New Jersey filmmaker Chris Notarile said, “I believe that while it is improper to abuse or take advantage of free labor, a filmmaker should not be penalized for being resourceful and making a no budget film with willing participants.” Notarile went on to say, “If we just blindly crack down on all no budget productions, the only people we hurt are ourselves and our own community.” Notarile is correct. Without an outlet for filmmakers to inform the community that they are making a project and that they have a need for various talents, the very existence of independent filmmaking is threatened. Of course there are some that would welcome this depletion of projects from the pipeline. Another crewing website, Mandy.com, no longer allows for the listing of No Pay productions at all, unless it’s a short or student film.

Beanie Barnes for Salon.com, pretentiously wrote an article, labeling independent film as America’s “next Wal-Mart”, arguing that there needs to be less independent film made for the entire film industry to survive. “Anyone who says we need more of this, without offering any solution to make it better, is part of the problem.” Barnes wrote. “Many in the industry still refuse to acknowledge that film is subject to the economic laws of supply and demand.” For Filmmaker Magazine, John Yost tackled the subject of low/no budget indie filmmaking by taking on the no pay aspect, in his article The Microbudget Conversation, Unpaid Crew vs Underpaid Crew. Yost wrote, “It’s amazing how much of a difference even $50/day will make to some of us. Just knowing we’re not working for free goes a long way in making us more likely to give our best effort to some poor, inexperienced, yet passionate filmmaker. ” While there is a sort of wisdom and logic behind this thinking, and a great deal of collective examples of this, across many industries, this is only a fraction of the truth. In my experience and in the experience of others I’ve collaborated with, the animosity from crew members who weren’t my friends previous to the project, were nearly identical in both no pay and low pay productions. The common mentality with these specific crew members who were getting paid x amount a day was that they felt they were getting stiffed, regardless of the amount. They’ll always think you can afford to give them a little more and that’s problematic when there are so many other expenses on these projects than payroll. Going back to some of Robert Rodriguez’s comments on the El Mariachi commentary, “once you start spending money you’ll never stop” and this is absolutely true.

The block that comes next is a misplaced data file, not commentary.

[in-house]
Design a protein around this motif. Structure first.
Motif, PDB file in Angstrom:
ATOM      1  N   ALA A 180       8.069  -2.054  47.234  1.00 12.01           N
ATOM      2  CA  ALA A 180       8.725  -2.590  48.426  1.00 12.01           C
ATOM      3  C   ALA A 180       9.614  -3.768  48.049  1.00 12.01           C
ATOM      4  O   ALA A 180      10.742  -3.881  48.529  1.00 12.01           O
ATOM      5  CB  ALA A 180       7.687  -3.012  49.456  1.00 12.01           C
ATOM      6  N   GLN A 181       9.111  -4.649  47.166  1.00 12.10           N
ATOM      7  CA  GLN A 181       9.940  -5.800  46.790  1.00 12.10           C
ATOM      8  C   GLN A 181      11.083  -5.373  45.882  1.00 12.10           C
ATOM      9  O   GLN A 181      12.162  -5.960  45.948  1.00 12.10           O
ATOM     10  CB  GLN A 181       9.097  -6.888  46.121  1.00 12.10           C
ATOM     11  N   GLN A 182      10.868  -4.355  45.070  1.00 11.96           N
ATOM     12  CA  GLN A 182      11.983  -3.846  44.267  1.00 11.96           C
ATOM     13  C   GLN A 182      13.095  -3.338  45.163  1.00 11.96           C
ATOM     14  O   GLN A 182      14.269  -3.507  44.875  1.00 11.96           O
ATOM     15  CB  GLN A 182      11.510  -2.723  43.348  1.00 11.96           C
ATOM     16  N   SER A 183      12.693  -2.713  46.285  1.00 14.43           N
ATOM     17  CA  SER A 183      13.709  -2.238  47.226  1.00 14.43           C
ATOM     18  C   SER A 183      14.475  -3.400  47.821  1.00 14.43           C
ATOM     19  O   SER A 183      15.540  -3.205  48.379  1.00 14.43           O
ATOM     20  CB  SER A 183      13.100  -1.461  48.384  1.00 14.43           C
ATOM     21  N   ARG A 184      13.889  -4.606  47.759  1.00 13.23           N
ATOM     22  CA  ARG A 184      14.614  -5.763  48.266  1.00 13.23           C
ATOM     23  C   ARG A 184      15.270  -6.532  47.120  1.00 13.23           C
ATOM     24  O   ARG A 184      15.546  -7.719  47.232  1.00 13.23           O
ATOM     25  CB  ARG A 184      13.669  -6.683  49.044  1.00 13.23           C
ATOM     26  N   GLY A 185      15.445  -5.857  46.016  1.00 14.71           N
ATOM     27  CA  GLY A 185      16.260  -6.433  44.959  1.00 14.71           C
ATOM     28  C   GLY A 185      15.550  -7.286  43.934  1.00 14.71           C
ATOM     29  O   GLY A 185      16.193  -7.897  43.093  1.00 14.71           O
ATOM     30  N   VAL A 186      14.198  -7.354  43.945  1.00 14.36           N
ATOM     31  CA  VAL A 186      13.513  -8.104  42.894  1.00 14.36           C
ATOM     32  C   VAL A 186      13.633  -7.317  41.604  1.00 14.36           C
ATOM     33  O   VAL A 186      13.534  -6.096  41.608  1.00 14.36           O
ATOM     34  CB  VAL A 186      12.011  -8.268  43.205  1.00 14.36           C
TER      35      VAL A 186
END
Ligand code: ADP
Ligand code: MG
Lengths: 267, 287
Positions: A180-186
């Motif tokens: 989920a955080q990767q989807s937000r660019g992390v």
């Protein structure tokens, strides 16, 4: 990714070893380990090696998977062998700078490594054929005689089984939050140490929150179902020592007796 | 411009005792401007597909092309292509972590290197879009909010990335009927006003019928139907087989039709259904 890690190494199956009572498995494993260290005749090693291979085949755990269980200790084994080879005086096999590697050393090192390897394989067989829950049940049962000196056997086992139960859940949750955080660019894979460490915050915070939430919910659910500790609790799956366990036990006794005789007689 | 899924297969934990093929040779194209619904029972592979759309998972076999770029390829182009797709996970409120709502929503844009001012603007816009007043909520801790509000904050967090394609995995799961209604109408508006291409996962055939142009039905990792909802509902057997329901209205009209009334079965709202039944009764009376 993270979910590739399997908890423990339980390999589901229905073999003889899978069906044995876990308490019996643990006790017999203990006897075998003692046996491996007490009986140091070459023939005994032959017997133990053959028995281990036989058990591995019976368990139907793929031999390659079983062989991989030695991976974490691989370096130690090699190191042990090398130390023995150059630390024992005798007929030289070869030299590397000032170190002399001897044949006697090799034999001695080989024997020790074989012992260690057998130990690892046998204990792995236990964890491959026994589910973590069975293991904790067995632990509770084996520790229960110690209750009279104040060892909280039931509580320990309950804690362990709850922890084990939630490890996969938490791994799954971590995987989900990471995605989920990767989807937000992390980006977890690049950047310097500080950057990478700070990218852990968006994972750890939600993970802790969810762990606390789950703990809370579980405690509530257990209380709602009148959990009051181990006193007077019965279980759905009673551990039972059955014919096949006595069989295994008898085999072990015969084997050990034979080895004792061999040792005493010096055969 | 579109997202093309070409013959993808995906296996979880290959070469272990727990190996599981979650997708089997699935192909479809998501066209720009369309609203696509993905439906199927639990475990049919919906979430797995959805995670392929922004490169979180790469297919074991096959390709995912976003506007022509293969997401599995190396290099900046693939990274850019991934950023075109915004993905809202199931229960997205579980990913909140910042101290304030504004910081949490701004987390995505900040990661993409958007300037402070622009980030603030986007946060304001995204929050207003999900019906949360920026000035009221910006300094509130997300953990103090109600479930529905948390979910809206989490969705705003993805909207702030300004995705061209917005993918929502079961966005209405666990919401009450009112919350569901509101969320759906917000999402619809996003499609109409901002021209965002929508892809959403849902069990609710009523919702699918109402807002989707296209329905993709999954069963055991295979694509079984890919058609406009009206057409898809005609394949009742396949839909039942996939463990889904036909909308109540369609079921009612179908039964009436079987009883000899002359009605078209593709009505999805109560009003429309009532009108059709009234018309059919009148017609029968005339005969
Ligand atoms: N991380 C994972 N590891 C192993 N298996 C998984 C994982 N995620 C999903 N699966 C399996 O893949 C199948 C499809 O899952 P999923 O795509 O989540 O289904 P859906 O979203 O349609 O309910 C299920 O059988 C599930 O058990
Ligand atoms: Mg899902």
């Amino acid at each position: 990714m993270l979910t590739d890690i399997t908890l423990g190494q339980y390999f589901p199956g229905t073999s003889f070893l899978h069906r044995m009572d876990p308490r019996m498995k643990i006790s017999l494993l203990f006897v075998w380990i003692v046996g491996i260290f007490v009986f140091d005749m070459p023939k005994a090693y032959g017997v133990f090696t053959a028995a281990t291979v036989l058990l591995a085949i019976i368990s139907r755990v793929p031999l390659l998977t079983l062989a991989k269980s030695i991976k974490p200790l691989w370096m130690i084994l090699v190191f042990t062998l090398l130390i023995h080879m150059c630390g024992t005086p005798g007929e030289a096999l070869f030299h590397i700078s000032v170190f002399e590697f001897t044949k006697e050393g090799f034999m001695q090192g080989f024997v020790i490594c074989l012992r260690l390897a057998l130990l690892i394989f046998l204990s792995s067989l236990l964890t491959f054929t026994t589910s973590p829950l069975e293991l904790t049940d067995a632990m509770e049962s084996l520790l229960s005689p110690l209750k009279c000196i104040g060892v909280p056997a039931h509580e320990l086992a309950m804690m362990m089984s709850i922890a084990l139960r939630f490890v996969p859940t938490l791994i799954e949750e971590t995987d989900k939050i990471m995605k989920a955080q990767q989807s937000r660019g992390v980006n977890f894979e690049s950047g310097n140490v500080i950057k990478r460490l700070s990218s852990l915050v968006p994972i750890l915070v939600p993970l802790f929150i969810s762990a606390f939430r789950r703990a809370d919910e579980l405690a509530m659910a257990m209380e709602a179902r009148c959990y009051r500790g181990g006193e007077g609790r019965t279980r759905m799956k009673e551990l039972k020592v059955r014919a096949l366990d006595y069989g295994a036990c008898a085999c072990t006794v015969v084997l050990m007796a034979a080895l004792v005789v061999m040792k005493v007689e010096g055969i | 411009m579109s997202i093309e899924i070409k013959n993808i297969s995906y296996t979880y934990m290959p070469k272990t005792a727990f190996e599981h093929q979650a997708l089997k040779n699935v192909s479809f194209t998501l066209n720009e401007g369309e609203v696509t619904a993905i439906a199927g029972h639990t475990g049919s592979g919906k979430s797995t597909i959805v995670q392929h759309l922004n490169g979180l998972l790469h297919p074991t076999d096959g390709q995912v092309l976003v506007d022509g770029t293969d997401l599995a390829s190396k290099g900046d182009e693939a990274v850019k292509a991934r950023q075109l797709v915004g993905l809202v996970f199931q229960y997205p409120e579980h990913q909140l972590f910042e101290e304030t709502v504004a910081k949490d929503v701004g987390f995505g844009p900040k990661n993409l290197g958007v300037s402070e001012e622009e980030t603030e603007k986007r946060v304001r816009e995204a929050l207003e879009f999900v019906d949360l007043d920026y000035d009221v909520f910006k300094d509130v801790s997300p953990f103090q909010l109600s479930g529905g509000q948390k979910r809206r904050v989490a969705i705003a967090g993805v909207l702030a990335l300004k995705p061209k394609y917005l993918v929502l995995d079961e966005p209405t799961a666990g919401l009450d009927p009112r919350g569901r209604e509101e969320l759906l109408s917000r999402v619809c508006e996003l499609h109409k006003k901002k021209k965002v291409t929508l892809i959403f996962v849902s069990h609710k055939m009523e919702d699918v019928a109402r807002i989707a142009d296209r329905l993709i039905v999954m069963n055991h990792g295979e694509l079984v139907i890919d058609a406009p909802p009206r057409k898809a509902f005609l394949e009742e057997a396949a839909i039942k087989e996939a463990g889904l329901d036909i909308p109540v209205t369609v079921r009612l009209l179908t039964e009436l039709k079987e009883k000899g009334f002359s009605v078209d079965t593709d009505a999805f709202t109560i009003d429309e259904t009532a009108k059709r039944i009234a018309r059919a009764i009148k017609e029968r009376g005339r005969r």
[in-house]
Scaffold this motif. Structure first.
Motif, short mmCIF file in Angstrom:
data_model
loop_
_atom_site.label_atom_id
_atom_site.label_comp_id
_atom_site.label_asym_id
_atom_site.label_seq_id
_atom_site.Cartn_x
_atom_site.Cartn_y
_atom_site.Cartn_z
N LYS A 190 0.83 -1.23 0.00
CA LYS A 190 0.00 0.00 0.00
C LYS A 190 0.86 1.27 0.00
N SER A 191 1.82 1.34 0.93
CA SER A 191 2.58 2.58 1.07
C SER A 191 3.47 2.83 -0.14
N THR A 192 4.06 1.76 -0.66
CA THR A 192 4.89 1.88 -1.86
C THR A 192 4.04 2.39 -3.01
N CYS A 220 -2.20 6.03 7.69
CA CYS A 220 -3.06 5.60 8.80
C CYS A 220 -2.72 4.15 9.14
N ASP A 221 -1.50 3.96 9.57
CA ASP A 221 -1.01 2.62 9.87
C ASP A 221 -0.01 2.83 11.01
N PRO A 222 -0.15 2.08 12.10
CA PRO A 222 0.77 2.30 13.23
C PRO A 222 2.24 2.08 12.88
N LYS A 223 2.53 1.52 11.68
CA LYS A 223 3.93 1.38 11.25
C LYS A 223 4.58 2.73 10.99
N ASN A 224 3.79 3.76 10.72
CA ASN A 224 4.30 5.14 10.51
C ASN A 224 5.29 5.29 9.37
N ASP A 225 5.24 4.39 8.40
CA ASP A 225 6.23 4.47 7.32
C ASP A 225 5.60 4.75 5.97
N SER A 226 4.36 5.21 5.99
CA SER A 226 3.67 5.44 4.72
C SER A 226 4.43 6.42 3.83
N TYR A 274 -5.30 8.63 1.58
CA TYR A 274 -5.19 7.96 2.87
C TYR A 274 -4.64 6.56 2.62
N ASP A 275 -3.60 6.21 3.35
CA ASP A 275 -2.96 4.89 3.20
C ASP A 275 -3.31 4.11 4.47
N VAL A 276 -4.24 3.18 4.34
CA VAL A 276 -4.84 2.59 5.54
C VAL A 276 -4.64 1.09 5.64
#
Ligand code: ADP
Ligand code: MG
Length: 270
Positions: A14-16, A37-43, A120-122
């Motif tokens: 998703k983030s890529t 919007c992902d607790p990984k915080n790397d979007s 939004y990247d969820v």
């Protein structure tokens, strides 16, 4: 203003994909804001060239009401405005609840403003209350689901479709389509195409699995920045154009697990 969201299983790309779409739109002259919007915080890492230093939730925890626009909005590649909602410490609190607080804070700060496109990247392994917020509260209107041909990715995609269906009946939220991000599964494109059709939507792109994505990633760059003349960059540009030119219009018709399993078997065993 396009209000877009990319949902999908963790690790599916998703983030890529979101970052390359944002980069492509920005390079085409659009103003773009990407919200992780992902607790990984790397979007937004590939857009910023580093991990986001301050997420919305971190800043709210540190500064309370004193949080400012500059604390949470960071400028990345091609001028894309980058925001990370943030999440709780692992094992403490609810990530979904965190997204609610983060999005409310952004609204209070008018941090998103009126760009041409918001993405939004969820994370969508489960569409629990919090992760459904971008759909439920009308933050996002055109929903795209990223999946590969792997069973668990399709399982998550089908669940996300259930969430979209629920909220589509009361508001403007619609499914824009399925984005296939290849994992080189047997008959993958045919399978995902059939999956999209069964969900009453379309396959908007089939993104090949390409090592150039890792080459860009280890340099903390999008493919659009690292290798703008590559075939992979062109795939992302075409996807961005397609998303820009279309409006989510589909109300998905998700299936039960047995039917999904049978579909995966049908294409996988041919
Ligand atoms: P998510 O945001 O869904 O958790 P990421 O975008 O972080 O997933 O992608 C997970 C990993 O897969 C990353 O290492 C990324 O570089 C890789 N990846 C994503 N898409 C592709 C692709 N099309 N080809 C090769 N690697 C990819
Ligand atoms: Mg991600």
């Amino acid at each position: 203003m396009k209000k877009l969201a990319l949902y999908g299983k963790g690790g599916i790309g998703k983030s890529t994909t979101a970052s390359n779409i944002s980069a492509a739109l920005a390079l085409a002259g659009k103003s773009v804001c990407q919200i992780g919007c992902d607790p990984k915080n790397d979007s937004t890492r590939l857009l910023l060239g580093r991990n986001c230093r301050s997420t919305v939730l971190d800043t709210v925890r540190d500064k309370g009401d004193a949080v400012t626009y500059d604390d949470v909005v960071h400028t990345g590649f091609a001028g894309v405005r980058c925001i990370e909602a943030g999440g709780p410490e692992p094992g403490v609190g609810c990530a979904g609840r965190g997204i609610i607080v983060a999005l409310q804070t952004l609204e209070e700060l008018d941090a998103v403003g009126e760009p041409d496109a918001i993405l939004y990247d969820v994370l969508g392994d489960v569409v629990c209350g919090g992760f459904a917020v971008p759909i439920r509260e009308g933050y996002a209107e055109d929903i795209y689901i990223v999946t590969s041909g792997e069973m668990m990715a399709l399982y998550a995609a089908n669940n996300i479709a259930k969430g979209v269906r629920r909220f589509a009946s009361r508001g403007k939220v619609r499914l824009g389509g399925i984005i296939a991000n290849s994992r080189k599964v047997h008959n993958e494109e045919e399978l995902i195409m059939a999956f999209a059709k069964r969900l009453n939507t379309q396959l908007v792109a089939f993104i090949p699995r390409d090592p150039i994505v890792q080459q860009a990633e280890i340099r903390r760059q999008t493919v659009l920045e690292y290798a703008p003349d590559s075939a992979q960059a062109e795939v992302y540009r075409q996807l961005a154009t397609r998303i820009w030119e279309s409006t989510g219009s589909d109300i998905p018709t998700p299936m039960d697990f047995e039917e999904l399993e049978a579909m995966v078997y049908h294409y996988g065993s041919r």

The other side of this is a much more serious problem. So many filmmakers are not capable of raising what the freelance collective would consider “proper financing” for their projects and some of these worker bees, while incredibly talented, are a bit sociopathic about this reality, insisting that if you can’t pay everyone to help you make the film then you shouldn’t make it at all. This line of thinking is incredibly dangerous, both to film and the art world as a whole. Many filmmakers take their projects very personally and some that I have talked to have no interest in having people on board their projects who’s dedication to the film is only commensurate with the capacity of a paycheck, or exists only when a paycheck exists. No money = no passion is not something that sits right. “You can pay a person to do anything” says one independent filmmaker who asked to remain anonymous, “anything goes, if the price is right. There’s something different about films made by people who are engaged in the project for reasons other than what they can get from it or whether or not it gets picked up.”

While I’ve dedicated my life to the pursuit of understanding and demystifying film through making films and writing about film, I have no intention of surrounding myself with people who’s hearts aren’t in the right place. With that said, I agree with both sides of the aisle because I am both an indie filmmaker and a freelance editor. How do you establish a peaceful balance with both sides when freelance film and video makers and pseudo journalists are rising up against the very existence of no and low budget filmmakers, even going as far as to relabel these cats as “bum filmmaker wannabees”, who also often become the victims of cyber bullying in the very forums where they post ads seeking out collaborators. How do you establish an acceptable balance when the hatred for one-another continues to grow. How do you establish a mutual understanding when these same freelancers are publishing media content like the spiteful and mean spirited video that has been gaining views on YouTube. It’s clear that a peaceful discussion among filmmakers and would be collaborators and service providers is desperately needed. Money is tight but we shouldn’t let that threaten the output of independent cinema. From a personal perspective, if I had waited until I had sufficient funds in place for all of my projects, I’d have no projects at all to speak about and I can safely claim that my truth is the truth for most filmmakers.

Bibliography: Salon | Filmmaker Magazine | Filmmaker Magazine |

[Reblogged in its entirety from Renegade Cinema]